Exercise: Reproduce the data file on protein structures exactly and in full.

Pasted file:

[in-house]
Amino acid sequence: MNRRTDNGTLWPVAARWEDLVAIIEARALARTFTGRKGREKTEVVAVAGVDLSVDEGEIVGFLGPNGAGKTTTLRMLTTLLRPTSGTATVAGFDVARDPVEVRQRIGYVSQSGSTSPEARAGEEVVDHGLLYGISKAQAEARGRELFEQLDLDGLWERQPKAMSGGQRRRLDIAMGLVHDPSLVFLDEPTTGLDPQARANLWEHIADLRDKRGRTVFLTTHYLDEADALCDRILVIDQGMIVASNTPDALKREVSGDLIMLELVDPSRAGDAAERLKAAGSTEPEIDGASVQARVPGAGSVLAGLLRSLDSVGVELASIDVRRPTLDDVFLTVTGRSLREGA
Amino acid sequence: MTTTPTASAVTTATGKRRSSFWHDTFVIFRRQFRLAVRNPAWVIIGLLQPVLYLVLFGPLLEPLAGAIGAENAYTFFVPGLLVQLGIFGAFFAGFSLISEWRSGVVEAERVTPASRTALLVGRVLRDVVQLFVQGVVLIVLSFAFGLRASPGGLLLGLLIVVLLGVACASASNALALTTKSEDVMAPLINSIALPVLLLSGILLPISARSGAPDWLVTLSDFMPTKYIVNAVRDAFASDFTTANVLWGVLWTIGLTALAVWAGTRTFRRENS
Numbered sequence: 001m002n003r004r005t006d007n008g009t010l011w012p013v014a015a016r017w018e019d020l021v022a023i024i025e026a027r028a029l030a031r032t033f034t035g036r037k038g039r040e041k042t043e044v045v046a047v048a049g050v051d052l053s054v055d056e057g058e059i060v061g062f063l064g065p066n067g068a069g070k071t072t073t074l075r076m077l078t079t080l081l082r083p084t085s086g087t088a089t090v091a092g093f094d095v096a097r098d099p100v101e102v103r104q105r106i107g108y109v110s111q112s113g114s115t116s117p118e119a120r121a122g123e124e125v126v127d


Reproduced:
[in-house]
Amino acid sequence: MNRRTDNGTLWPVAARWEDLVAIIEARALARTFTGRKGREKTEVVAVAGVDLSVDEGEIVGFLGPNGAGKTTTLRMLTTLLRPTSGTATVAGFDVARDPVEVRQRIGYVSQSGSTSPEARAGEEVVDHGLLYGISKAQAEARGRELFEQLDLDGLWERQPKAMSGGQRRRLDIAMGLVHDPSLVFLDEPTTGLDPQARANLWEHIADLRDKRGRTVFLTTHYLDEADALCDRILVIDQGMIVASNTPDALKREVSGDLIMLELVDPSRAGDAAERLKAAGSTEPEIDGASVQARVPGAGSVLAGLLRSLDSVGVELASIDVRRPTLDDVFLTVTGRSLREGA
Amino acid sequence: MTTTPTASAVTTATGKRRSSFWHDTFVIFRRQFRLAVRNPAWVIIGLLQPVLYLVLFGPLLEPLAGAIGAENAYTFFVPGLLVQLGIFGAFFAGFSLISEWRSGVVEAERVTPASRTALLVGRVLRDVVQLFVQGVVLIVLSFAFGLRASPGGLLLGLLIVVLLGVACASASNALALTTKSEDVMAPLINSIALPVLLLSGILLPISARSGAPDWLVTLSDFMPTKYIVNAVRDAFASDFTTANVLWGVLWTIGLTALAVWAGTRTFRRENS
Numbered sequence: 001m002n003r004r005t006d007n008g009t010l011w012p013v014a015a016r017w018e019d020l021v022a023i024i025e026a027r028a029l030a031r032t033f034t035g036r037k038g039r040e041k042t043e044v045v046a047v048a049g050v051d052l053s054v055d056e057g058e059i060v061g062f063l064g065p066n067g068a069g070k071t072t073t074l075r076m077l078t079t080l081l082r083p084t085s086g087t088a089t090v091a092g093f094d095v096a097r098d099p100v101e102v103r104q105r106i107g108y109v110s111q112s113g114s115t116s117p118e119a120r121a122g123e124e125v126v127d